Old places hold secrets and the Bay State is no exception. According to Project Cold Case, 61% of homicides that occurred in Massachusetts between 1965 and 2019 have been solved. It’s important to note that crimes are only considered ‘cleared‘ when a suspect has been arrested, charged, and prosecuted. Without further ado, here are five famously unsolved Massachusetts crimes.
If you have any tips, please call the Boston Police Department Homicide Unit at (617) 343 – 4470.
Prefer to remain anonymous? Contact the CrimeStoppers Tip Line at 1-800-494-TIPS.
20-year-old Swedish au pair, Karina Holmer, had been in Boston for less than three months when her severed torso was discovered on June 23, 1996. Karina was last seen alive near Tremont Street and Boylston Place in the early morning hours of Saturday June 22, 1996. Despite many theories surrounding the case, Karina’s killer has never been identified.
On March 18 1990, two men posing as police officers stole 13 masterpieces from the Gardner Museum. The robbery lasted 81 minutes and would later become the world’s biggest art heist. While many high-priced items were taken, the thieves left behind some of the museum’s most expensive pieces. In 2015, the FBI confirmed the names of two suspects: Leonard DiMuzio and George Reissfelder. Despite identifying the thieves posthumously, the whereabouts of the 13 works of art remains a mystery.
Five bodies were found shot to death in the basement of Blackfriars Pub on June 28, 1978. The precise motive for the “gangland-style” killings still puzzles police due to the amount of money and drugs left behind by the perpetrators. The following year two suspects were tried—and acquitted—for the murders leaving the case officially unsolved today.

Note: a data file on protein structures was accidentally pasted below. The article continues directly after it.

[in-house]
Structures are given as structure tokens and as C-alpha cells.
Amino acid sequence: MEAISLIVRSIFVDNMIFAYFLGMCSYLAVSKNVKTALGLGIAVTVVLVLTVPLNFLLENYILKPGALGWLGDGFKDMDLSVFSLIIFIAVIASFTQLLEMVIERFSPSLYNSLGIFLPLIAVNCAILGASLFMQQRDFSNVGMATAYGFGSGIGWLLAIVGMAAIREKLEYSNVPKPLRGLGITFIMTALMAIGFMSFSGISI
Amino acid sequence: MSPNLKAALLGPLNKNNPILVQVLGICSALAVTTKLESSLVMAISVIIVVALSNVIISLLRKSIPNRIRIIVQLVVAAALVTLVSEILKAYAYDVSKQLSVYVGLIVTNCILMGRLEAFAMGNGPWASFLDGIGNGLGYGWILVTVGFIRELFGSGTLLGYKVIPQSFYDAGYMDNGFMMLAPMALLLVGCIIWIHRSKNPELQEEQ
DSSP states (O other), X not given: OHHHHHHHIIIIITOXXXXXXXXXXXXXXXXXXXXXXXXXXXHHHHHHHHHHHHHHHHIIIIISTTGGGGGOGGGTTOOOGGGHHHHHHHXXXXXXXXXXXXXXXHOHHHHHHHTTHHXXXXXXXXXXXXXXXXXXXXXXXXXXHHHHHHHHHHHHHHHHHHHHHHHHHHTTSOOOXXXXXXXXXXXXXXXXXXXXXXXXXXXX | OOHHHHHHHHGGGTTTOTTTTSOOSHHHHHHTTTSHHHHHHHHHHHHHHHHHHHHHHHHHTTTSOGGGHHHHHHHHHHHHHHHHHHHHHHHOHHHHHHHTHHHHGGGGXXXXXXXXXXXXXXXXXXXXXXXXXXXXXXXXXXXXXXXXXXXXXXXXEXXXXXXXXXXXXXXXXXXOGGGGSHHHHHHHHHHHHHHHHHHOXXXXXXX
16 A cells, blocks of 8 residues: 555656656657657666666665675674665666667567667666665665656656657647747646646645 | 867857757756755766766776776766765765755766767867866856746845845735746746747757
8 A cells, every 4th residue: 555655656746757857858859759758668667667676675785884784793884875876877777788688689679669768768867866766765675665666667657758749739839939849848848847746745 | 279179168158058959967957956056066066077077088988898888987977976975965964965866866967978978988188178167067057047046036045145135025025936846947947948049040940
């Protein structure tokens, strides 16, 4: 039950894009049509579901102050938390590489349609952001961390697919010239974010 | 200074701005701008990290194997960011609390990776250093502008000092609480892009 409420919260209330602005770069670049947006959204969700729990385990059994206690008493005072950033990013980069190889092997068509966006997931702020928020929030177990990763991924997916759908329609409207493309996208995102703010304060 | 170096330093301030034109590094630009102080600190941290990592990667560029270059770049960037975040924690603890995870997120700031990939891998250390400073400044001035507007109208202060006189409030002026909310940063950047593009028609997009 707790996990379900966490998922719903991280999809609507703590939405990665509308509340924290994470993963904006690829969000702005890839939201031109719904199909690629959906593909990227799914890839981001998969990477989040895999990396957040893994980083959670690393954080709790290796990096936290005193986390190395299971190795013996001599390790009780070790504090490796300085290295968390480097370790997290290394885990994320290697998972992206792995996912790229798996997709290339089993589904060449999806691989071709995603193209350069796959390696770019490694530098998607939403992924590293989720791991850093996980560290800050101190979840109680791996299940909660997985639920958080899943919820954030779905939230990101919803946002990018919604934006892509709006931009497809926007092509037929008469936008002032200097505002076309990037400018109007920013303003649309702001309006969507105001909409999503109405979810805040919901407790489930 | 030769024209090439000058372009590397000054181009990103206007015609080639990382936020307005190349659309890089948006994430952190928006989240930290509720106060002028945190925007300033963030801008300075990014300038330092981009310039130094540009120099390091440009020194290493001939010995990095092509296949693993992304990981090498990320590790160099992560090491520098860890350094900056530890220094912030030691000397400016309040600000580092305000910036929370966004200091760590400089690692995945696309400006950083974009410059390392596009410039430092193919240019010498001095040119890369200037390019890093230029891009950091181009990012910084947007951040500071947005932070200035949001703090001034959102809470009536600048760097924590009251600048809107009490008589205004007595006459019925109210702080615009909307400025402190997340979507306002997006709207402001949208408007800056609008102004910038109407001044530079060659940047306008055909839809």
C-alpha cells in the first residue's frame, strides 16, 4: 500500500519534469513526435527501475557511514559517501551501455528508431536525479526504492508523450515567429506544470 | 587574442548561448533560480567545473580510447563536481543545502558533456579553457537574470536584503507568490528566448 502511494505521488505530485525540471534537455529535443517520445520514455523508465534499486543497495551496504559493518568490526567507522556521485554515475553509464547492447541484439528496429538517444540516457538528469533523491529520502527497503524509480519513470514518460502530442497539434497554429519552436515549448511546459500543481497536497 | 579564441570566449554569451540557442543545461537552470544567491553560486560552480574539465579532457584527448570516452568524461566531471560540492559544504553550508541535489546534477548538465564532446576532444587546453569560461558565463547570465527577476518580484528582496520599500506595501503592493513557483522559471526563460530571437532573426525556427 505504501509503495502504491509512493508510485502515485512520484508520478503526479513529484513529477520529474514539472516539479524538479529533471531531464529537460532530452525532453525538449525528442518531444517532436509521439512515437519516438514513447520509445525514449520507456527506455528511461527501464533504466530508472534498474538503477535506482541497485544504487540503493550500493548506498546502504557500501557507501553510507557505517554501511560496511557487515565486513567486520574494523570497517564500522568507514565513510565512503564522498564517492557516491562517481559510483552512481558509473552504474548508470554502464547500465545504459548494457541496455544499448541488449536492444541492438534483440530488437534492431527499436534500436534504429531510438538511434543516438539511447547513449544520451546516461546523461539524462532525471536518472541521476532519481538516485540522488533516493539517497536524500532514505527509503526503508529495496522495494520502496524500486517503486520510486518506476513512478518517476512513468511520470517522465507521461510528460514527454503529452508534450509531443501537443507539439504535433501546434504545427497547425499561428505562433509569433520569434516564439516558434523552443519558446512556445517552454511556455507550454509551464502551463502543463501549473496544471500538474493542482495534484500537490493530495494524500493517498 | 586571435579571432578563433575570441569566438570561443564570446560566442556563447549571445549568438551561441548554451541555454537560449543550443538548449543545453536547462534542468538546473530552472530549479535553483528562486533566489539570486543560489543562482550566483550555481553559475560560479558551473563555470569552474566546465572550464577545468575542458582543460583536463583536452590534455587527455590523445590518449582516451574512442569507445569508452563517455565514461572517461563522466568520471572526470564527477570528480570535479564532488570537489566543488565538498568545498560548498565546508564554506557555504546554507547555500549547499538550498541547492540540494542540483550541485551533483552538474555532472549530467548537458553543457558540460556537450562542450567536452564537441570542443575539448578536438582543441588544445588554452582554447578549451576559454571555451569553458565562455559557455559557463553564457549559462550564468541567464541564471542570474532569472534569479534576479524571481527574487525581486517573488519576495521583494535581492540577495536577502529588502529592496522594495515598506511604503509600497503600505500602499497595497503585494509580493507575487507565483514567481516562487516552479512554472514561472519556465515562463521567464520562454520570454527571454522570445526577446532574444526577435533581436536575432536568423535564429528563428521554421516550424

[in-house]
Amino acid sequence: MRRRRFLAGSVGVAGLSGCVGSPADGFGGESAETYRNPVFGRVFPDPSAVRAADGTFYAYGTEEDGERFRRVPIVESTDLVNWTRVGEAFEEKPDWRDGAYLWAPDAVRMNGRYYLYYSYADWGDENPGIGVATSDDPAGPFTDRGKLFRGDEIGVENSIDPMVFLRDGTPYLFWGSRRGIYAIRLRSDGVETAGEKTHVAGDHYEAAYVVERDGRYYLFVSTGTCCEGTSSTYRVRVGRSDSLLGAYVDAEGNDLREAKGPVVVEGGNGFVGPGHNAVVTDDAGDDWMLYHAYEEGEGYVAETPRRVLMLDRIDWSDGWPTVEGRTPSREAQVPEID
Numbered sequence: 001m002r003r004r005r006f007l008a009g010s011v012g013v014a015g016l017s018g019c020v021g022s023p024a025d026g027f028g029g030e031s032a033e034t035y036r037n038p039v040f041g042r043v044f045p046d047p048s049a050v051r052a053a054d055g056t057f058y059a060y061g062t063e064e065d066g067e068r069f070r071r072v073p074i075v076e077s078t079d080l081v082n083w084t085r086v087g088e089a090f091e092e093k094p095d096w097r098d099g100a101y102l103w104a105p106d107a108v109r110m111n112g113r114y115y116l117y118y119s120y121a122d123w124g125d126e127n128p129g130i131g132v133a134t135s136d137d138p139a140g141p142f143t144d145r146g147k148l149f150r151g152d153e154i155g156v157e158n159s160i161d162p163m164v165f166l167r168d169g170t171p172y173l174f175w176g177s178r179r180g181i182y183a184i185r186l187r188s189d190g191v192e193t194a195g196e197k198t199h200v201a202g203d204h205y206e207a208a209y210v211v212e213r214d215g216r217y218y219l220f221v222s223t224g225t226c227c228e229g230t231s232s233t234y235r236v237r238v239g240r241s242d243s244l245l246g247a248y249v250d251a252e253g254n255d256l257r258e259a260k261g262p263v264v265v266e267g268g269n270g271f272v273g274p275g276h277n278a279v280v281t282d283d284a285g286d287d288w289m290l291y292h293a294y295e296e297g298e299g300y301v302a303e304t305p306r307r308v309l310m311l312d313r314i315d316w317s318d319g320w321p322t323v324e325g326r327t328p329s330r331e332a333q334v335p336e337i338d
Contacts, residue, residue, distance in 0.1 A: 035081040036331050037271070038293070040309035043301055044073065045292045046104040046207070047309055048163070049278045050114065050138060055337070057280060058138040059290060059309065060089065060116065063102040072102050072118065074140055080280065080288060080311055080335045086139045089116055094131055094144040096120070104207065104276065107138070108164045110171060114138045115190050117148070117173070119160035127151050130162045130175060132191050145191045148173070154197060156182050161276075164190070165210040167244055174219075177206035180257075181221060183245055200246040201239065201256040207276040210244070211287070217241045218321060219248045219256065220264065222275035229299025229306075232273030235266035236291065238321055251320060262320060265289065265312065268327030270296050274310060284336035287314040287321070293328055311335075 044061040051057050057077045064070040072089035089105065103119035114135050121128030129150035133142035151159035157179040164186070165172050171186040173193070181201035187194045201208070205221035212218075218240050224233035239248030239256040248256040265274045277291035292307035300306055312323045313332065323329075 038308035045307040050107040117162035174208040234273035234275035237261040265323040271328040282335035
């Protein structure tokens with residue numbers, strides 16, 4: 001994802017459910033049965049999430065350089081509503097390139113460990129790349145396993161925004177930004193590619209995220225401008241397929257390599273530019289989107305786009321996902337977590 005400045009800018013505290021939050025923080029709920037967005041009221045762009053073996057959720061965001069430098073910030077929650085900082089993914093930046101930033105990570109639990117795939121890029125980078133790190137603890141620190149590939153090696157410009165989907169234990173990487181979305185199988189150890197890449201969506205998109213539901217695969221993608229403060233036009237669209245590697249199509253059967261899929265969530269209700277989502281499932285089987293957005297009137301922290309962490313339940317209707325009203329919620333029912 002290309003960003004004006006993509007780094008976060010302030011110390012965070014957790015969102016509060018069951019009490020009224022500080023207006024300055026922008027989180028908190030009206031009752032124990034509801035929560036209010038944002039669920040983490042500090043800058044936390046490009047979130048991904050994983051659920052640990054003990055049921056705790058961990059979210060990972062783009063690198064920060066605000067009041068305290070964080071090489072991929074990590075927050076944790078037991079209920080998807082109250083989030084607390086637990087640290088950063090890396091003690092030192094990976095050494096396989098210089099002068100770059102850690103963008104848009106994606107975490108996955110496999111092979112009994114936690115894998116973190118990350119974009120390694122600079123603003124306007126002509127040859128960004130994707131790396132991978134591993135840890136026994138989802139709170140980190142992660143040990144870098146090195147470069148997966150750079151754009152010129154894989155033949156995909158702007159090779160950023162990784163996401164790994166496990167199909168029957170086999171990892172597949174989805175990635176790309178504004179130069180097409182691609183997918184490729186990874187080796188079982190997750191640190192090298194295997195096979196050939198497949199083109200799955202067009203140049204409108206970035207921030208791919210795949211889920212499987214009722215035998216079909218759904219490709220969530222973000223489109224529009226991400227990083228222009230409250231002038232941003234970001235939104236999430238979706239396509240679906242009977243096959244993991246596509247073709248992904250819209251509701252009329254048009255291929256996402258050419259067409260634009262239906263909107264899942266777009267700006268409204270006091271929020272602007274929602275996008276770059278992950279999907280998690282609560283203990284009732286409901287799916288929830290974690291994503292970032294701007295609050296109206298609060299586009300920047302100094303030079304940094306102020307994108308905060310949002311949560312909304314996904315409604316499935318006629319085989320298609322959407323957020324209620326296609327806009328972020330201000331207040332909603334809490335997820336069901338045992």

Holly Piirainen was just 10 years old when she was abducted and murdered while visiting her grandparents in Sturbridge, Massachusetts on August 5, 1993. It would take investigators nine years to connect forensic evidence found near the body to a suspect: David Pouliot. Unfortunately, Pouliot died in 2003 taking his secrets to the grave.
After Holly’s abduction, a young girl named Molly Bish sent a letter to the Piirainen family:
“I am very sorry. I wish I could make it up to you. Holly is a very pretty girl. She is almost as tall as me. I wish I knew Holly. I hope they found her. — Molly Bish, age 10”
That same Molly Bish was a 16-year old lifeguard at the time of her abduction and murder in Warren, Massachusetts on June 27, 2000. Molly’s disappearance resulted in the largest (and most expensive) search for a missing person in Massachusetts state history. While police have named several suspects and questioned multiple persons of interest, no arrests have been made in the murder of Molly Bish. Investigators and forensic analysts hope to change this soon through DNA technology.
Rhode Island’s refusal to ratify the 18th Amendment opened the door for bootleggers and rum-runners such as Danny Walsh. Walsh strategically worked with influential bankers and politicians of the time and had close ties to “King Charles” Solomon in Boston. Not long after Solomon was gunned down in January 1933, Danny Walsh mysteriously vanished after dining with a group of associates near Pawtuxet Village. A $40,000 random was paid by Walsh’s family — but Walsh was never seen again.